December 1, 2009
Just when we thought small businesses were going to experience harder times than major retailers, Goldman Sachs comes to the rescue with a plan to educate and finance small businesses. Their impressive plan to funnel $500 million dollars to provide management education, mentoring, and access to capital to small businesses is the largest of its kind in history. Warren Buffet, who bailed out Goldman Sachs early in this economic crisis, will assist Goldman Sachs in providing theses resources to small businesses.
Major retailers have experienced a loss of funding due to CIT Bank having to eliminate their factoring loan program. Factoring loans were very popular around holiday time for financing Christmas inventory. Retailers now have to finance their own inventory.
Critics say that Goldman Sachs is using this opportunity to improve its image and bad reputation as a result of receiving bailout money and improving its financial position. It would help small businesses to know how to research grants and loans if they would like to take advantage of this opportunity to grow their businesses.
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September 22, 2009
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The Federal Deposit Insurance Corporation is seeking private equity firms to buy out troubled banks so as not to put an unnecessary strain on their budget.
Many more banks are slated to fail in the coming months because of defaults on real estate loans. It will not be easy to find private equity buyers as many are reluctant to take on the losses of these failed banks.
Out of the seventy-seven banks that have been closed, sixty-nine buyers have been found. The danger of exhausting the FDIC’s fund has caused Walter Buffet to comment on the need for the U.S. to cut back on the amounts of money it has been pumping into the economy to rescue it from economic disaster.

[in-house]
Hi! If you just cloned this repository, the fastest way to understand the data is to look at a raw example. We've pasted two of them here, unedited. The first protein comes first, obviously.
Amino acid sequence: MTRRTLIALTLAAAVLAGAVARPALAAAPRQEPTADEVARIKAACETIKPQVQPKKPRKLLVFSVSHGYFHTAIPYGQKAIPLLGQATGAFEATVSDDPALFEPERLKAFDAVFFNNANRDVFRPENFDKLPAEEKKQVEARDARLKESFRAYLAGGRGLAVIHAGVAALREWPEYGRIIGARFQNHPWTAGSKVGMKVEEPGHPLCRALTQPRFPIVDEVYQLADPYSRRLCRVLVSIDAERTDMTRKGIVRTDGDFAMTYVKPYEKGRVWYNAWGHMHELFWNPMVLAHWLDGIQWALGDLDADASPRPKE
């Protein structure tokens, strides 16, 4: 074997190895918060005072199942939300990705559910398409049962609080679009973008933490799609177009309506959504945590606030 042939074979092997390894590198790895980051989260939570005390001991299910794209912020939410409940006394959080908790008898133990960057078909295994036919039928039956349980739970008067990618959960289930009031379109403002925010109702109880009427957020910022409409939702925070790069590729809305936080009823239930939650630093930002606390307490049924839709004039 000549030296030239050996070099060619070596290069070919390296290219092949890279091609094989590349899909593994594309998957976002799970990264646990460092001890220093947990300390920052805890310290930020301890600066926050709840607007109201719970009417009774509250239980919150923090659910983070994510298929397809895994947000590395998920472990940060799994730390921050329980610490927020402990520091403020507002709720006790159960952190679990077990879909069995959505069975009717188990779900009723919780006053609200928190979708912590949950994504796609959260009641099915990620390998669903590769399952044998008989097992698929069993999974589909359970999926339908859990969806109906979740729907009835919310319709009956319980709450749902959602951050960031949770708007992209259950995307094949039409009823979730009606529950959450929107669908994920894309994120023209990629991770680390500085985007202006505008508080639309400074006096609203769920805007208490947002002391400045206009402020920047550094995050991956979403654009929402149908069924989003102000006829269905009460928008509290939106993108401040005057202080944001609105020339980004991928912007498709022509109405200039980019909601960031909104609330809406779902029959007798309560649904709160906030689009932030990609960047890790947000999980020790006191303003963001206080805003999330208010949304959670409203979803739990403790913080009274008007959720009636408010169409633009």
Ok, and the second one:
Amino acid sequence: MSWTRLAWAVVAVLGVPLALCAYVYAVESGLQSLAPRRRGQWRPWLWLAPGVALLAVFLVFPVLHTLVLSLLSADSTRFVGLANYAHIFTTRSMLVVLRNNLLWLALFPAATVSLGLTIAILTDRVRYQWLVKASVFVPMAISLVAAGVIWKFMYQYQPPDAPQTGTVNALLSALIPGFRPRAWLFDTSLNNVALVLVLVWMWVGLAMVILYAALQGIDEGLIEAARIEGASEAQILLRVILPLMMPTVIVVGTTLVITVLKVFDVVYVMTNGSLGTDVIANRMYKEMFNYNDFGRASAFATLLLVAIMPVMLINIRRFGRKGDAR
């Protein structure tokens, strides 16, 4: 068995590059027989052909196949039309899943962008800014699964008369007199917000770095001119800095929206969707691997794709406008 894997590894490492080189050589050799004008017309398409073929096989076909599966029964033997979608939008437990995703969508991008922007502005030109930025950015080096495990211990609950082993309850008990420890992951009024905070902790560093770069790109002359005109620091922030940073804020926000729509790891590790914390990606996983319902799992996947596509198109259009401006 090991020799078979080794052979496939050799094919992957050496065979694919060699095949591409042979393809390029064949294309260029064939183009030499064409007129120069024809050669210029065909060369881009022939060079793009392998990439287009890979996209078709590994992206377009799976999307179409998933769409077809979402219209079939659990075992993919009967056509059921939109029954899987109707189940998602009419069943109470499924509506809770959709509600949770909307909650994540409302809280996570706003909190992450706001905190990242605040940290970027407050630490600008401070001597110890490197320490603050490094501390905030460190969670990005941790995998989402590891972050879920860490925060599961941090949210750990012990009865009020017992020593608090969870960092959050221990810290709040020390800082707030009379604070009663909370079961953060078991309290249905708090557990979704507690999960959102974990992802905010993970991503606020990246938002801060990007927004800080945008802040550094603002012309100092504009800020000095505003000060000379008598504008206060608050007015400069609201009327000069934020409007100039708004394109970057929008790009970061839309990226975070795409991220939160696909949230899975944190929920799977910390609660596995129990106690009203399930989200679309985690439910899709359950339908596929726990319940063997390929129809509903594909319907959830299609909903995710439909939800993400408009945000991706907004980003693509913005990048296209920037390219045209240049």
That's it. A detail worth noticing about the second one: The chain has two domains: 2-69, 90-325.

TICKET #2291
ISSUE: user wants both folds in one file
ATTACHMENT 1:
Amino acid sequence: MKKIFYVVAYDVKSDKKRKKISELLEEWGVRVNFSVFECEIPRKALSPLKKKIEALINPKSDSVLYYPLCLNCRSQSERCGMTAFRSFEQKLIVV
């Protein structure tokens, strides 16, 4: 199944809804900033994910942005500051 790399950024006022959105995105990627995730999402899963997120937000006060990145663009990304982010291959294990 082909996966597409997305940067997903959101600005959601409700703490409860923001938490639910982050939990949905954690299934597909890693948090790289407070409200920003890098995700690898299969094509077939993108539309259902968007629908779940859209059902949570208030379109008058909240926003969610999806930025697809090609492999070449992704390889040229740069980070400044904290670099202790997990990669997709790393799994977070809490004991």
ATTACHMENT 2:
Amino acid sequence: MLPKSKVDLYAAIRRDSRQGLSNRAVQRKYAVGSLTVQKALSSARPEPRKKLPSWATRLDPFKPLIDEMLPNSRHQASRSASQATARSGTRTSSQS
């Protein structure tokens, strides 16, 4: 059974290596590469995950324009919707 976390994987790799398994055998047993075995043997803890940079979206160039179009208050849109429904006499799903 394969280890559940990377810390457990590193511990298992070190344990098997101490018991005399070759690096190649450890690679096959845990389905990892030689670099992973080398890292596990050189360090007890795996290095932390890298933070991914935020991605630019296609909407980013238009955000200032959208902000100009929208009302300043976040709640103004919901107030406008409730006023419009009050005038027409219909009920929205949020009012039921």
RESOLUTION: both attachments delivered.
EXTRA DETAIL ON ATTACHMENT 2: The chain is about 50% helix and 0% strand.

The U.S. spent $180.7 billion in July 2009, the most it has ever spent in one month in U.S. history. If the FDIC’s funding is exhausted, the U.S. will go to taxpayers to finance the FDIC’s loan sales and short-term obligations.
In view of France’s experience in establishing a bank and making John Law the owner, the U.S. must be mindful of not repeating France’s history and putting unscrupulous individuals in charge of these banks.
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August 25, 2009
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With fewer larger banks unwilling to purchase troubled banks, the FDIC is now looking
to private investors to bail out these banks. Private investors recently extended funds to CIT Bank to keep it from bankruptcy filings.
Since private investors tend to cut costs by eliminating jobs, unions are against private investors getting involved with acquiring distressed banks.
The involvement of private investors would relieve the U.S. of their intervention in some of the failed banks earlier in this economic crisis. Warren Buffet recently made a statement that the U.S. “must address the massive amounts of monetary medicine that have been pumped into the financial system and now pose threats to the world’s largest economy and its currency.”
The federal deficit reached an all-time monthly high of $180.7 billion for the month of July 2009.
July 29, 2009
While CIT is waiting for the remaining $1 billion dollars from its bondholders, it is now considering selling off some of its assets and bankruptcy is still a possibility. At present CIT is trying to restructure out of court. They were denied additional bailout money by the Obama administration because they could not restructure.
CIT’s corporate finance department is its largest division and in all likelihood, they will keep this division. CIT has noted that it may be difficult to make money on the aviation and railcar business. Microsoft had terminated its relationship with CIT for vendor financing, and CIT is unsure about whether they will keep this division.
There has been some interest in purchasing the bank as Warren Buffet’s company, Berkshire Hathaway and Leucadia National had offered to buy CIT in the spring, but CIT turned down the offer which was too low.
Whether or not CIT is able to restructure now in order to receive the additional $1 billion remains to be seen. However, the bondholders stand to lose money if their efforts to provide the additional financing fail because CIT fails to restructure. It would appear that the bondholders will do what they can to help CIT to protect their investment.